The City Magazine Since 1975

Herald the Holidays

November 2015
Herald the Holidays
WRITER: 
PHOTOGRAPHER: 
With large, trumpet-shaped blooms, amaryllis make festive additions to your December decor when planted now

Looking to sub in a new bloom for the ubiquitous poinsettia this holiday season? Amaryllis, popular for their dramatic six- to 10-inch trumpet-shaped flowers, come in a spectrum of shades, from the deep scarlet ‘Red Lion’ to the snowy ‘White Christmas.’ The striped ‘Ambiance’ offers cream blossoms banded with pale pink for a candy-cane effect. A rapid growth rate produces blooms four to six weeks after planting. Follow these easy steps for potting now to enjoy festive flowers during the gift-giving season.

Select a pot about six to seven inches in diameter that offers good drainage. Fill it half full with moist potting soil and set the bulb on top of the soil. Add more soil around the bulb, leaving the top third of it exposed and half an inch between the soil line and the rim of the pot. This helps prevent water from running out of the container and leaves room for decorative Spanish moss. Place your plant in a sunny window and water sparingly to start, increasing once the bulb shows signs of growth and the soil feels dry. Rotate the pot to keep the stem upright as it grows toward the light.

When flowering has finished (about a month after the first blooms appear) cut the stalk near the top of the bulb, leaving the foliage to grow so it can restore nutrients to the bulb. Once the danger of frost has passed, it is safe to move the pot outside or to replant the bulb directly into a bed, where it will rebloom in the spring. To save the plant for future holiday seasons, you can leave it in its pot and imitate its natural environment, “forcing” it again next November—see sidebar for instructions.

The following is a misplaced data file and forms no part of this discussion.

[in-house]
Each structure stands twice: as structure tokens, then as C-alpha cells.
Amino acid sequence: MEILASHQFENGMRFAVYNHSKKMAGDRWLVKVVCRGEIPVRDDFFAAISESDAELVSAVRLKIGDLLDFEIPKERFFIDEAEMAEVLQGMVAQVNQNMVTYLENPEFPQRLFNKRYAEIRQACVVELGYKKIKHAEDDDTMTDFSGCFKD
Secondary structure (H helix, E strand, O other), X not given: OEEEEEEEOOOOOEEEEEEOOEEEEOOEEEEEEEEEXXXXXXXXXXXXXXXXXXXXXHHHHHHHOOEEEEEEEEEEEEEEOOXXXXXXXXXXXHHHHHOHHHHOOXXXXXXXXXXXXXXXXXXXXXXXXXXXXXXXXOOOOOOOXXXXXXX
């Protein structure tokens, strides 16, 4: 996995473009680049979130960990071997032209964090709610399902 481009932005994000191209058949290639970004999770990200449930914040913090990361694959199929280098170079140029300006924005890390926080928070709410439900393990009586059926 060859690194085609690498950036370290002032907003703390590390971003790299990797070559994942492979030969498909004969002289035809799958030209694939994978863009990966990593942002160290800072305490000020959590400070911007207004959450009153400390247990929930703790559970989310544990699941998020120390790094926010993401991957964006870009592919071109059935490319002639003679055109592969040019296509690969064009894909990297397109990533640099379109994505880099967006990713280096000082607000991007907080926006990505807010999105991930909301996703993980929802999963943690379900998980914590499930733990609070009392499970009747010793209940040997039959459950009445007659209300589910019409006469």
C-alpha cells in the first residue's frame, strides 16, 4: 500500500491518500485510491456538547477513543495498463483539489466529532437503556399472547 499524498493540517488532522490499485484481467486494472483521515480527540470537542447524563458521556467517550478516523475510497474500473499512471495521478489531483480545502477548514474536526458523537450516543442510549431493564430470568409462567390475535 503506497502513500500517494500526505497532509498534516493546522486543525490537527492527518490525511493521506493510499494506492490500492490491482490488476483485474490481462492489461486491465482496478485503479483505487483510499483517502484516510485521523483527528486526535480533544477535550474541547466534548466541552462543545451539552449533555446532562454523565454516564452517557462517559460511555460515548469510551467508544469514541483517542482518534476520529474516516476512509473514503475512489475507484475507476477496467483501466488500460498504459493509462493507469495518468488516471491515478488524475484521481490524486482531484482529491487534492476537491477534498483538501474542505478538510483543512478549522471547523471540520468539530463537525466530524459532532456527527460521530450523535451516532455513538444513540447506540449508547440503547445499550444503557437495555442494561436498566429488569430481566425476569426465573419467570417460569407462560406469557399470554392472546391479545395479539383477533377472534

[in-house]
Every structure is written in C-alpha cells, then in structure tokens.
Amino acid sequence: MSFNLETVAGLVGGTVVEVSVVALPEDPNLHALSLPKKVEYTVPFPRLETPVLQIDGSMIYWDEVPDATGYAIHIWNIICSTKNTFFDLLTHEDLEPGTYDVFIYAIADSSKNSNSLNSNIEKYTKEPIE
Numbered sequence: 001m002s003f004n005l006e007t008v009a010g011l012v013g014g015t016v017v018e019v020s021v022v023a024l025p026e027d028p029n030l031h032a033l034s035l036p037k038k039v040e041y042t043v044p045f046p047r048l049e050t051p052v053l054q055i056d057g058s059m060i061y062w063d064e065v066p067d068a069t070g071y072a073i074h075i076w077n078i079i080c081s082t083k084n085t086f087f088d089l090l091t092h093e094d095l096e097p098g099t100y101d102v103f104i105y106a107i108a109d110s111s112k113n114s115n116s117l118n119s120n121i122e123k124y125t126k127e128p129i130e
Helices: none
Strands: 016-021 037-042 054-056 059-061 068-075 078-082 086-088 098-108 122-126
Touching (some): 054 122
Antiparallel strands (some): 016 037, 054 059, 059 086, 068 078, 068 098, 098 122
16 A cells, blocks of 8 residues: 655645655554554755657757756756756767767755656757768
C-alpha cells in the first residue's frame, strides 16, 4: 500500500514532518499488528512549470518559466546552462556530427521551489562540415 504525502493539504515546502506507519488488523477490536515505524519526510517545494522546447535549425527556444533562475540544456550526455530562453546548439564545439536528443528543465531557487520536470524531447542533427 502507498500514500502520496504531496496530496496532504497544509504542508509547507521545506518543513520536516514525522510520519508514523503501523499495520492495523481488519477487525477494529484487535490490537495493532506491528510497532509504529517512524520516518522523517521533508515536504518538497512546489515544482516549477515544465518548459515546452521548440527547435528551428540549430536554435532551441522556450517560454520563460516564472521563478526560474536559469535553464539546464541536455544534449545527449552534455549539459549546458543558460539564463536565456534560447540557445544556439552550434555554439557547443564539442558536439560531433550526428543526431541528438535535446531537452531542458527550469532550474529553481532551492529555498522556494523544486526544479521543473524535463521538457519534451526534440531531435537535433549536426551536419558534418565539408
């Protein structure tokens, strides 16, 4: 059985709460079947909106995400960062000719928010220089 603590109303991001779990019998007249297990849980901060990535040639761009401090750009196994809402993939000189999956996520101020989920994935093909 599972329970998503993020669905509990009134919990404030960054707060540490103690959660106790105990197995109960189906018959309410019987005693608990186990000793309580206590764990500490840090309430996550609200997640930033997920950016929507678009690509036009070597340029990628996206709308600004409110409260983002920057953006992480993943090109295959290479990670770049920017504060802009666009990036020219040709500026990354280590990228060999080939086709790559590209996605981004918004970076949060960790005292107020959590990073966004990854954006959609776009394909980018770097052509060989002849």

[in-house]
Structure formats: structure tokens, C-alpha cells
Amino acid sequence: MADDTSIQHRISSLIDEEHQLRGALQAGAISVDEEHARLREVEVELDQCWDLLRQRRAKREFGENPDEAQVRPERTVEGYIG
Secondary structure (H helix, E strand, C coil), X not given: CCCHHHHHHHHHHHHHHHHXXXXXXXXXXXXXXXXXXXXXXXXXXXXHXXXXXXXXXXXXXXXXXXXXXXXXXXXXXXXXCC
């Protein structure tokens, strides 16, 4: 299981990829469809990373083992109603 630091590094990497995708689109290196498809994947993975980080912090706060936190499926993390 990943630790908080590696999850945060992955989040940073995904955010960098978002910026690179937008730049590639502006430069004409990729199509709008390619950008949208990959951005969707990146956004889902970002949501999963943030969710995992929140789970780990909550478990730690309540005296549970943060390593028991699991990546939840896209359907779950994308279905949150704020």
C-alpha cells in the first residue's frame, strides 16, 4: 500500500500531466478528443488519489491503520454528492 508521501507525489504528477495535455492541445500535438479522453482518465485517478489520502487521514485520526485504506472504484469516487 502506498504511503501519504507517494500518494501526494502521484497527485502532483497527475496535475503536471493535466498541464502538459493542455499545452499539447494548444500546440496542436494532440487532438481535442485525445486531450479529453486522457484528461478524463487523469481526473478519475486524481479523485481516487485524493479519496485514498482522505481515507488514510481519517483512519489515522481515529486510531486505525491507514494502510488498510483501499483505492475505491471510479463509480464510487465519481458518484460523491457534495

How to “force” your bulb a second season
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❶ Move pot to a sunny location outdoors after any chance of frost has passed.

❷ Continue to feed the bulb 10-10-10 liquid fertilizer every four weeks.

❸ Water only when the soil is dry and the pot feels light in weight.

❹ Stop watering in early fall. The bulb will enter a dormant period, and the leaves will turn brown (you may remove them).

❺ Bring the pot indoors in early October. Store the potted bulb in a cool, dry, and dark location.

❻ After six to eight weeks, move the potted bulb out of storage and recharge the soil by removing its top half inch. Replace this with nutrient-rich soil.

❼ Water the pot once and place it in a sunny window. Do not water again until new growth appears. Once the bulb starts growing, water when the top of the soil is dry.

➑ Your bloom is on the way!

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